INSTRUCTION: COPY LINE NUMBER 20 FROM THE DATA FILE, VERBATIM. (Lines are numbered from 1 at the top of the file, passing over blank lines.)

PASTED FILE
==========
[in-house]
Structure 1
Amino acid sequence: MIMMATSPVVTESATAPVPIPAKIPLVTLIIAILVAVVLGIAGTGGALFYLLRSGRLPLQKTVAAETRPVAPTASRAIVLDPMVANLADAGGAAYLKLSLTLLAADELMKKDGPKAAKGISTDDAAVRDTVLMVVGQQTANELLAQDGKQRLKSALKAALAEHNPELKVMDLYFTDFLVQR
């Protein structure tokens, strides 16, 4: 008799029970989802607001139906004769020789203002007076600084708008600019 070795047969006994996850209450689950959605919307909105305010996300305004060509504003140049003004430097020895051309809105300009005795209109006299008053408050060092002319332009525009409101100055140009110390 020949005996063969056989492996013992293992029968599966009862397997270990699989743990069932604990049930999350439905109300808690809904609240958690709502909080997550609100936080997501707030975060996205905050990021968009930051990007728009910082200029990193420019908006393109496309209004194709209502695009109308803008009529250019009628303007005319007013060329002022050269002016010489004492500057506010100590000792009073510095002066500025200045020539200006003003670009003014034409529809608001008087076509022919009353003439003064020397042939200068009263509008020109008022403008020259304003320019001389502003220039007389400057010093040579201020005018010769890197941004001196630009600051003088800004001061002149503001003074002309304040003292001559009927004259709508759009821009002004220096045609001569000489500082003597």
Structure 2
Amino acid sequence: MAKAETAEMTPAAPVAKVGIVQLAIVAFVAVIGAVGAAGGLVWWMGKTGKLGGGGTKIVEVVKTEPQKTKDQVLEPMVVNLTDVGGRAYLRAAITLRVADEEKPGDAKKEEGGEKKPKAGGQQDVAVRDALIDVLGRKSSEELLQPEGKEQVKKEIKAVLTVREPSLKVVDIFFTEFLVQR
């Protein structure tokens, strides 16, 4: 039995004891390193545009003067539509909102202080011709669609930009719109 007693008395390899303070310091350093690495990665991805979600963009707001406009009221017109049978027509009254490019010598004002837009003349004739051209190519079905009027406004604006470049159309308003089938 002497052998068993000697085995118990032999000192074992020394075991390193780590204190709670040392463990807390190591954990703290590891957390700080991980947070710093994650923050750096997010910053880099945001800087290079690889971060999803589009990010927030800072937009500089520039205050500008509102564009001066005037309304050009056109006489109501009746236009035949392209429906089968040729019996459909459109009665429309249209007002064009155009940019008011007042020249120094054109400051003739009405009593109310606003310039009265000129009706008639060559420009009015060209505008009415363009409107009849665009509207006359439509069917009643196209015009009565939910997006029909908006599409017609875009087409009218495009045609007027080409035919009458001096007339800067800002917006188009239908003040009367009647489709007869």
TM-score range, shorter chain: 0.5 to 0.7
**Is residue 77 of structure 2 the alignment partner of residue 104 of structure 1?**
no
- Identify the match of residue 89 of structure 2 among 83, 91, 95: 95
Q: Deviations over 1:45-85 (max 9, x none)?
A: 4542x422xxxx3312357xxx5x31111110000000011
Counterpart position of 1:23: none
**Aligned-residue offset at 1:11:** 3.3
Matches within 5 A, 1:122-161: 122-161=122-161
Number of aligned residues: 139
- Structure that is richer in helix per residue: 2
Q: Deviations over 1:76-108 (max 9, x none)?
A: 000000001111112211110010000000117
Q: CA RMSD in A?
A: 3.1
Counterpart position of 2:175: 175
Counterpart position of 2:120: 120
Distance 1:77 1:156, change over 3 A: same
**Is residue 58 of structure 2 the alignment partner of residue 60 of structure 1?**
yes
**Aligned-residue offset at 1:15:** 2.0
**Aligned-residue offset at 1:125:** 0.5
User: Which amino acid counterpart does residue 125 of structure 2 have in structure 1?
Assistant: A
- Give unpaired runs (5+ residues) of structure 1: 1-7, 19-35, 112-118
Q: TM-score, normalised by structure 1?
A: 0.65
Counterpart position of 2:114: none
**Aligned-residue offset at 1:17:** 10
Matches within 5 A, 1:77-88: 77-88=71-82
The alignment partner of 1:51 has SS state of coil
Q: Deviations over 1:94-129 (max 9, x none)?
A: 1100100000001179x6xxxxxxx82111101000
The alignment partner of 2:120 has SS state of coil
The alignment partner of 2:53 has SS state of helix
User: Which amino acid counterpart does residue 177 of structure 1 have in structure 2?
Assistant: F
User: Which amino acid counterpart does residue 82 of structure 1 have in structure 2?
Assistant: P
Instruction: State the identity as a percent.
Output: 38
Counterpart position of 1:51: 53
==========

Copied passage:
A: 000000001111112211110010000000117